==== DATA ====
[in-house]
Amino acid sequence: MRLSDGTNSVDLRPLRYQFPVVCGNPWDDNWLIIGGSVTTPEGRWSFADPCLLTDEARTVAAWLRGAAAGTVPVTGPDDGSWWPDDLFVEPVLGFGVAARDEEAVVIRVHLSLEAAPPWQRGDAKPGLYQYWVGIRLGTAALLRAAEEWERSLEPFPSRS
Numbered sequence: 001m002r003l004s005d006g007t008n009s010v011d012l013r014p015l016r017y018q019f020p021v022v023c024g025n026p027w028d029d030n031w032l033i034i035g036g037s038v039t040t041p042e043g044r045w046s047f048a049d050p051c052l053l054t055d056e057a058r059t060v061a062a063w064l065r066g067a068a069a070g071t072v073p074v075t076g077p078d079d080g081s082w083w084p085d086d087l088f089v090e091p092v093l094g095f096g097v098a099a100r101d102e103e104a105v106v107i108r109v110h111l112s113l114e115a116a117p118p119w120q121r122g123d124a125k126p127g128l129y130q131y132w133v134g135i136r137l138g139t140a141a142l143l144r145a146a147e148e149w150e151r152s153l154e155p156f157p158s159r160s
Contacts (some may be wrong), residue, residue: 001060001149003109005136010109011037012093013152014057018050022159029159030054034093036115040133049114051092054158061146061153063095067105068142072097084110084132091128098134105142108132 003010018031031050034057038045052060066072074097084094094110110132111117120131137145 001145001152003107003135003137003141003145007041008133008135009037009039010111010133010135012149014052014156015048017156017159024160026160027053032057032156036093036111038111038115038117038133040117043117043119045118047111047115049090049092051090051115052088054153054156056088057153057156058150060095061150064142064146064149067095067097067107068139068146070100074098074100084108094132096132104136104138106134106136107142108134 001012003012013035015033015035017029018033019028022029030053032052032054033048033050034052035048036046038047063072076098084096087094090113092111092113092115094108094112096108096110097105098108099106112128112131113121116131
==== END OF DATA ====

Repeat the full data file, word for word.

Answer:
[in-house]
Amino acid sequence: MRLSDGTNSVDLRPLRYQFPVVCGNPWDDNWLIIGGSVTTPEGRWSFADPCLLTDEARTVAAWLRGAAAGTVPVTGPDDGSWWPDDLFVEPVLGFGVAARDEEAVVIRVHLSLEAAPPWQRGDAKPGLYQYWVGIRLGTAALLRAAEEWERSLEPFPSRS
Numbered sequence: 001m002r003l004s005d006g007t008n009s010v011d012l013r014p015l016r017y018q019f020p021v022v023c024g025n026p027w028d029d030n031w032l033i034i035g036g037s038v039t040t041p042e043g044r045w046s047f048a049d050p051c052l053l054t055d056e057a058r059t060v061a062a063w064l065r066g067a068a069a070g071t072v073p074v075t076g077p078d079d080g081s082w083w084p085d086d087l088f089v090e091p092v093l094g095f096g097v098a099a100r101d102e103e104a105v106v107i108r109v110h111l112s113l114e115a116a117p118p119w120q121r122g123d124a125k126p127g128l129y130q131y132w133v134g135i136r137l138g139t140a141a142l143l144r145a146a147e148e149w150e151r152s153l154e155p156f157p158s159r160s
Contacts (some may be wrong), residue, residue: 001060001149003109005136010109011037012093013152014057018050022159029159030054034093036115040133049114051092054158061146061153063095067105068142072097084110084132091128098134105142108132 003010018031031050034057038045052060066072074097084094094110110132111117120131137145 001145001152003107003135003137003141003145007041008133008135009037009039010111010133010135012149014052014156015048017156017159024160026160027053032057032156036093036111038111038115038117038133040117043117043119045118047111047115049090049092051090051115052088054153054156056088057153057156058150060095061150064142064146064149067095067097067107068139068146070100074098074100084108094132096132104136104138106134106136107142108134 001012003012013035015033015035017029018033019028022029030053032052032054033048033050034052035048036046038047063072076098084096087094090113092111092113092115094108094112096108096110097105098108099106112128112131113121116131